I found myself in New York for a few hours recently on the tail end of a trip that included talking to various groups about the situation in Israel, when an old friend asked if I’d like to join him and his siblings at a Broadway musical.
“Great,” I thought, “a Broadway musical.” The neon lights, the magic in the air, the spectacular costumes, the electric energy, the exhilarating choreography, the stupendous sets. Sure I’d like to go. Who wouldn’t want to go? It’s been years since I last saw a Broadway musical. Camelot, I think it was.
“What are we going to see?” I asked enthusiastically. “The Lion King? Aladdin? Hamilton? The Wiz? Something upbeat and happy, I hope. I can use upbeat and happy. Who can’t use upbeat and happy?”
“We’re going to go see Parade,” he replied. “You know, the musical about Leo Frank.”
“Leo Frank,” I answered. “You mean, the Leo Frank; that Leo Frank?”
“Yup,” he said. “Wanna come?”
“Let me think about it,” I said, my enthusiasm dampened a bit.
Leo Frank was a Jew from New York wrongly convicted in Atlanta in 1913 of killing a 13-year-old girl in the pencil factory he managed. His death sentence was commuted two years later, but a mob broke into the jail where he was being held, drove him out to Marietta, Georgia, the murdered girl’s hometown, and lynched him. The Anti-Defamation League was formed in the wake of this high-profile case.
“Harlan,” I said to my buddy, “why in the world would I want to pay $130 to sit in the balcony to see a musical about antisemitism? I mean, have you fallen on your head? All you read about is the rise of antisemitism. You go to shul everywhere in the US and meet security guards who remind you of antisemitism. Hamas, Hezbollah, and Iranian antisemites want to kill me and my family in Israel. Why, as entertainment, do I want to see a musical about the lynching of a Jew?
“And, while we’re at it, what kind of music can possibly accompany such a story? Can’t we see something upbeat and happy, something like Sweeney Todd?”
“Can’t we see something upbeat and happy, something like Sweeney Todd?”Herb Keinon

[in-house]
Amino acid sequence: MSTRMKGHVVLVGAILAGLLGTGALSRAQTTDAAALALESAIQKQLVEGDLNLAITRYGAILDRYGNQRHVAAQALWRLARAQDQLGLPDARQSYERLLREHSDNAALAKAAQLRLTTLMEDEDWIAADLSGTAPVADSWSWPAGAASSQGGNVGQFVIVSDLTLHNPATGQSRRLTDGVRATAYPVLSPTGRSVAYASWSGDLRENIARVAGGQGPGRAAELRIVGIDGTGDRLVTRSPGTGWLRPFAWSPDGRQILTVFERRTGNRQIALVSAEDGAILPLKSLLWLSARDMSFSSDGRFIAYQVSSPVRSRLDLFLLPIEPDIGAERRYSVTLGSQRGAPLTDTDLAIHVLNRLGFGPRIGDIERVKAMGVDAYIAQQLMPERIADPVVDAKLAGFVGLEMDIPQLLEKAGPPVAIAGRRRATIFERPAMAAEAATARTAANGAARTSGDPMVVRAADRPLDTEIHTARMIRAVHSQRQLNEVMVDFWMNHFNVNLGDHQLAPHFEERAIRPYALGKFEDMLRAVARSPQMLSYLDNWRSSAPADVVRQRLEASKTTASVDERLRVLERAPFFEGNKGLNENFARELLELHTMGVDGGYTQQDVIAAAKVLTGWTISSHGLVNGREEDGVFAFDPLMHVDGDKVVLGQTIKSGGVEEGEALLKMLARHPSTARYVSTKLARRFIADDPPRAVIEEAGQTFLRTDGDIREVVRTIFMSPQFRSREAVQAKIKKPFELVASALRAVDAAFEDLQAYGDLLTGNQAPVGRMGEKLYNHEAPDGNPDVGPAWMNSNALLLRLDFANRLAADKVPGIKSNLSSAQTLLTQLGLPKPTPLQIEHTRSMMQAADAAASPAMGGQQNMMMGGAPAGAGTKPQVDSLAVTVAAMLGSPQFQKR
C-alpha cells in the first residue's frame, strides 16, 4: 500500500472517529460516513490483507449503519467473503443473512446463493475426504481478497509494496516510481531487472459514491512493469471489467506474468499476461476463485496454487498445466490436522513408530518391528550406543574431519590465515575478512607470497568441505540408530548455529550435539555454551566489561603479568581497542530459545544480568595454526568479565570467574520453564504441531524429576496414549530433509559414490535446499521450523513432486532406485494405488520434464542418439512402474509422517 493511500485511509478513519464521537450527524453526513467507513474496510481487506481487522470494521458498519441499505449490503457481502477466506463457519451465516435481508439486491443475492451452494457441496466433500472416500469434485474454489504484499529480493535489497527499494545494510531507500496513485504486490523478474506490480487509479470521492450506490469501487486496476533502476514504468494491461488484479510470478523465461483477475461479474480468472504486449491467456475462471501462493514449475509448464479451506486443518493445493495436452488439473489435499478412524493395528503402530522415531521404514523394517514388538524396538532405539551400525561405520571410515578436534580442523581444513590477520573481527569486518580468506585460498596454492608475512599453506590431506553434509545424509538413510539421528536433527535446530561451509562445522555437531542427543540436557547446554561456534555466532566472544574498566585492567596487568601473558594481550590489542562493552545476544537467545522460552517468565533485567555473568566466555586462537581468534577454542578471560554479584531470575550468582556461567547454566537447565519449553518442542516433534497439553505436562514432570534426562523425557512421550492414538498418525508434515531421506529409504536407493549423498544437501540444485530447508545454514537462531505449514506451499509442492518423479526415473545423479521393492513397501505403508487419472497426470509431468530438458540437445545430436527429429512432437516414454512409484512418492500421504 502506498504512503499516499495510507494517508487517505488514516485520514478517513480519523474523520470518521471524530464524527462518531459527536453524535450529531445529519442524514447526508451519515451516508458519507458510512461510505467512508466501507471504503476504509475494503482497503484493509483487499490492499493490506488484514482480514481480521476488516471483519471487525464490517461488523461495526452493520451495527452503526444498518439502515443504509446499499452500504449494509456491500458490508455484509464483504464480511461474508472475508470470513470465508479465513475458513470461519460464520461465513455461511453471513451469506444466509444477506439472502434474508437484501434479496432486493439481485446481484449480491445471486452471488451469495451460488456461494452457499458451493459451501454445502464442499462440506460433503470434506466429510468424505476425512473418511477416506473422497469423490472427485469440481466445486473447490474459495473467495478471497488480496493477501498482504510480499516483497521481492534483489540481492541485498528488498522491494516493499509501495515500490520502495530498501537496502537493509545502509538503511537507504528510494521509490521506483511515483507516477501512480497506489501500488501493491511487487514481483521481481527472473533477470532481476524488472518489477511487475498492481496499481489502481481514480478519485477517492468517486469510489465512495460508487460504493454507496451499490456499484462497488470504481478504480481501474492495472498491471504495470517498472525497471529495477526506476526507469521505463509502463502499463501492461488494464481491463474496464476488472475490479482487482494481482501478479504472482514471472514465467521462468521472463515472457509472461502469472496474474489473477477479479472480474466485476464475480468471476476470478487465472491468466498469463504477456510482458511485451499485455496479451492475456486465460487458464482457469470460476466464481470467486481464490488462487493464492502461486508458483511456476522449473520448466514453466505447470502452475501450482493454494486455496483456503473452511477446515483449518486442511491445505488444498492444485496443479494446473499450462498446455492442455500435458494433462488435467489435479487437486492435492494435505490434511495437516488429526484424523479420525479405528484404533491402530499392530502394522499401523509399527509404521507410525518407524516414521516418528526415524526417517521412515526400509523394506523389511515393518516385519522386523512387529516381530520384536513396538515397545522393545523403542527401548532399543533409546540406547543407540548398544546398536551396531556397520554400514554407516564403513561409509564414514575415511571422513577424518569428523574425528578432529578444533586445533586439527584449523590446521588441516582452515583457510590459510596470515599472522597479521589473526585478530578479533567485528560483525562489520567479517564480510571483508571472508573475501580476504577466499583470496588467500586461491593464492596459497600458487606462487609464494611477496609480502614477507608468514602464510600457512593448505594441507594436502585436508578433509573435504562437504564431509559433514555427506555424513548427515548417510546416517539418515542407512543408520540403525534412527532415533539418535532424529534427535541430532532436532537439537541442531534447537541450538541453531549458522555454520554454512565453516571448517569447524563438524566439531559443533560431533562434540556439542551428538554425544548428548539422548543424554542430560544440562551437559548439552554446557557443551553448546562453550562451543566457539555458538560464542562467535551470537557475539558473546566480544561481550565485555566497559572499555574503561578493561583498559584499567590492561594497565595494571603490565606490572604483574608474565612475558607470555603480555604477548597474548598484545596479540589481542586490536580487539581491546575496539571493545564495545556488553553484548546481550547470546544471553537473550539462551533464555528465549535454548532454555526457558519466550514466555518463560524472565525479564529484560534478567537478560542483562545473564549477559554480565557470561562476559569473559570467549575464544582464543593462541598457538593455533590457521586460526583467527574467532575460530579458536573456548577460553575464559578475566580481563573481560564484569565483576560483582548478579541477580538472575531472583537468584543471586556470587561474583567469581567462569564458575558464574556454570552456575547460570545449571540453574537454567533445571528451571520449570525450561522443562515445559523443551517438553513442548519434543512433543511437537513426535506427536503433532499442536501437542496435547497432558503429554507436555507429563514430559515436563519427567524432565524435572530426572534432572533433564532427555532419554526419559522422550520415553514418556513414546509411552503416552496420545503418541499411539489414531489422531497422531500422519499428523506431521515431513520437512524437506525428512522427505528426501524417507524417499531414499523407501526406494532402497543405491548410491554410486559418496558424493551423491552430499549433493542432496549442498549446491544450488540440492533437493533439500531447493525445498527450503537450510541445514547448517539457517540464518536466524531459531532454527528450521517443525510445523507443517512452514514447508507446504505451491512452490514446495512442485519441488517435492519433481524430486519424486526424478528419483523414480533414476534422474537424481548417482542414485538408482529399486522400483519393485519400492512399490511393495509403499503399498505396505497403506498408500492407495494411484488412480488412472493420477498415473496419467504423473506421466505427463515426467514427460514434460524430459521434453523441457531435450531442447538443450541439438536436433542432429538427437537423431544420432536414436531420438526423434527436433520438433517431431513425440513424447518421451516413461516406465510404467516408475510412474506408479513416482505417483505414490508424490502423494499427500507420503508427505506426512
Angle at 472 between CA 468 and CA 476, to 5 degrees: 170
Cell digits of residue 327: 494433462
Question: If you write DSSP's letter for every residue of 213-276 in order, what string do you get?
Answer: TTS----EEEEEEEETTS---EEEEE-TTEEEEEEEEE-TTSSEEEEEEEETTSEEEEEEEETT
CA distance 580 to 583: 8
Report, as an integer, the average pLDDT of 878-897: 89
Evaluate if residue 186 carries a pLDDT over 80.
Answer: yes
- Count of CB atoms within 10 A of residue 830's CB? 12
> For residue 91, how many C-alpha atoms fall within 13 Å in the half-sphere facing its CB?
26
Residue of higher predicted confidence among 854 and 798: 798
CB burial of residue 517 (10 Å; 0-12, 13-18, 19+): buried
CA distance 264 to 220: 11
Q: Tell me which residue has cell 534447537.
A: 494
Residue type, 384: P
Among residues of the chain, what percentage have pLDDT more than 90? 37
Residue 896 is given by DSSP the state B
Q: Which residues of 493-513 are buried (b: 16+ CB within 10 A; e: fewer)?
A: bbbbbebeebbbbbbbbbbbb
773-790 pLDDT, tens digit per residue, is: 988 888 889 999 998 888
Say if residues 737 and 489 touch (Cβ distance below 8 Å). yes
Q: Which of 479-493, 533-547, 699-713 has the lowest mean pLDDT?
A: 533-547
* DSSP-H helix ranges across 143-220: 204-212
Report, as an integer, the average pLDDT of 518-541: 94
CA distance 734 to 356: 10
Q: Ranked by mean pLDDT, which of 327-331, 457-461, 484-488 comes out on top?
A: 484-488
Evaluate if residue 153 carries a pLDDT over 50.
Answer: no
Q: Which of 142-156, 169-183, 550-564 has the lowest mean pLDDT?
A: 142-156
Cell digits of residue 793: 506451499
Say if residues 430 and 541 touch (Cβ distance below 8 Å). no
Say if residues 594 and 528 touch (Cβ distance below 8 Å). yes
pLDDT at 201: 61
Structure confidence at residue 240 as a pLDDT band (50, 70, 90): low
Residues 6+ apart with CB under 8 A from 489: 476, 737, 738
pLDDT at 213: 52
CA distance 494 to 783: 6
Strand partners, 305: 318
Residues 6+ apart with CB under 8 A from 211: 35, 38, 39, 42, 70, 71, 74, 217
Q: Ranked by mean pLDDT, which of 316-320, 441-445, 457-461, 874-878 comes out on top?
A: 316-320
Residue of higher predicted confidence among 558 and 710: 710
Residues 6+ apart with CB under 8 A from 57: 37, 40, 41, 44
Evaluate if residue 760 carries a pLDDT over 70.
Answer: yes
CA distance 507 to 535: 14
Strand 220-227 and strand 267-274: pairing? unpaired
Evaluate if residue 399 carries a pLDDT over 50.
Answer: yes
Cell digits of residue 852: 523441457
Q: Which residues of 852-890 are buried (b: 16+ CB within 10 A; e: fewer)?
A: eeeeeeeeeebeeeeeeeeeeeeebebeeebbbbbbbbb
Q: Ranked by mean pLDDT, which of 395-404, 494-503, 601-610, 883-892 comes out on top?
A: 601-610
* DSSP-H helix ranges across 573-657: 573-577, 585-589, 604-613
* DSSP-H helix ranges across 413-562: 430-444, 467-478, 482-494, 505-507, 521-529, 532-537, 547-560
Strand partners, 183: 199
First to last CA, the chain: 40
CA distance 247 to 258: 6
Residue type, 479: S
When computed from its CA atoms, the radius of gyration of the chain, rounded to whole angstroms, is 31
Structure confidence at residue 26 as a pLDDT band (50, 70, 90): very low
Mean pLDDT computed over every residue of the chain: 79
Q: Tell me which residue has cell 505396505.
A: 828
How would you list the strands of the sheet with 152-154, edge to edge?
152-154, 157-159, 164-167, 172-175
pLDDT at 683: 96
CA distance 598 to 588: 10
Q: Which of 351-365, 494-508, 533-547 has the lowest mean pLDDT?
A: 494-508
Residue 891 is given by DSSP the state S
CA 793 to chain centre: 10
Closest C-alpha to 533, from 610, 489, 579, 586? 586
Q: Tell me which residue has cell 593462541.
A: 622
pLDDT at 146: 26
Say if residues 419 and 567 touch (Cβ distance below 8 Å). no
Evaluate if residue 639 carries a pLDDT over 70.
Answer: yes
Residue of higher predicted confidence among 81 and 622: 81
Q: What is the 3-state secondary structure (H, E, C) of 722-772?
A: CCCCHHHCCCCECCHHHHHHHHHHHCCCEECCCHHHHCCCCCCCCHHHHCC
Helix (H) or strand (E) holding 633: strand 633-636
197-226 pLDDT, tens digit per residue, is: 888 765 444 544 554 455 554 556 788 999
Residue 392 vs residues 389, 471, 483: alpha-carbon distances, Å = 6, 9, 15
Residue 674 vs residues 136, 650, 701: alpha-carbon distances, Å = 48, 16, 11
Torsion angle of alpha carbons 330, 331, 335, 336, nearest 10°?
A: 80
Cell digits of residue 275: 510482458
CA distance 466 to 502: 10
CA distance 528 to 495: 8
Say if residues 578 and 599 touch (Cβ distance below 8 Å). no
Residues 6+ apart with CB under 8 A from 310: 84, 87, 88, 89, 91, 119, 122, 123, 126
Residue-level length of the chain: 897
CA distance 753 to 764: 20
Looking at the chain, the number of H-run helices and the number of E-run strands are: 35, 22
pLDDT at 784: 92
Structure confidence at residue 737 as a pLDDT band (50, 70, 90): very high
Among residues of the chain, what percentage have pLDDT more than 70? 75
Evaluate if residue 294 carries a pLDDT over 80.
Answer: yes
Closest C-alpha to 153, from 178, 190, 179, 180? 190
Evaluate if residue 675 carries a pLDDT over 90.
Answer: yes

“Nope,” he said. “We got tickets for this. You’re lucky you weren’t here last month. Then we saw Leopolstadt.” Leopolstadt is Tom Stoppard’s play that chronicles the tragic fate of a wealthy Viennese family decimated by the Holocaust.
I sure am sorry I missed that one. Those Jews – I thought while considering my friend’s Broadway show preferences – sure do know how to have fun.
AND THEN I felt guilty.
Feeling guilty about Broadway musicals
Why? Because I should want to see such fare. Because such fare must be performed. Because such fare making the general public aware of antisemitism is good for the Jewish people.
Last February, about a dozen neo-Nazis picketed the theater on opening night where the revival of this play is being staged, so how could I not go? Wasn’t it my responsibility as a concerned and committed Jew to ensure there were bodies in the seats at the Bernard B. Jacobs Theater, to make sure that this musical would continue to be performed and its message seen by those far less aware of antisemitism than I?
What do I want to do, fritter my time away watching something fun and frivolous? Am I really that shallow? Am I not Jewish? Do I not care about my people?
Of course, I care about my people, I thought. But can’t I take a break from all that and go to a Broadway musical once in a blue moon, and not think about the heavy and depressing issues affecting the Jewish world? After all, that escapism is precisely why I was willing to pay so much money to see a Broadway musical in the first place: to be entertained, not to be depressed ruminating once again on subject matter that I worry about constantly.
So there I was, suddenly thrust smack dab on the horns of that eternal Jewish dilemma: torn between what I thought I should do, what I felt obligated to do, and what I actually wanted to do.
In the final scene of the musical – which in the end I did attend because “what I should do” won out – his murderers ask Frank if he has any final words. He does, and poignantly recited the Shema Yisrael prayer before being lynched. It’s a powerful scene. A woman behind me started to sob.
Tell me, is that entertainment? No, that’s heart-wrenching.
DON’T MISUNDERSTAND; I don’t avoid heavy, tragic and often depressing plays, books, movies and documentaries. Were that the case, I could never have seen Romeo and Juliet, read Crime and Punishment, or watched The Elephant Man or Ken Burns’s Vietnam. But those are stories affecting other people and other lands. They don’t hit so close to home.
With so many heart-rending scenes taking place in Israel on a weekly basis, is it necessary – I thought to myself – to go to New York, to a Broadway musical of all places, in search of yet another?
Yet I did because I felt compelled to do so. It’s the same compulsion that motivates Israelis on family vacations in Europe to feel obligated, once there, to visit the local synagogue-turned-museum that usually depicts the tragedy that befell that particular community. Visiting rundown Jewish cemeteries and destroyed Jewish neighborhoods or synagogues in foreign lands is a uniquely Jewish way of traveling.
“How was the musical?” my wife asked when we spoke after the show. “Was it good? Did you enjoy it?”
“It was powerful,” I answered. Then, sounding like my Russian immigrant grandfather, I added: “Who are we to enjoy?”
To which she replied: “If you’re spending $130 for a ticket, you should enjoy. You can get depressed for free.” ■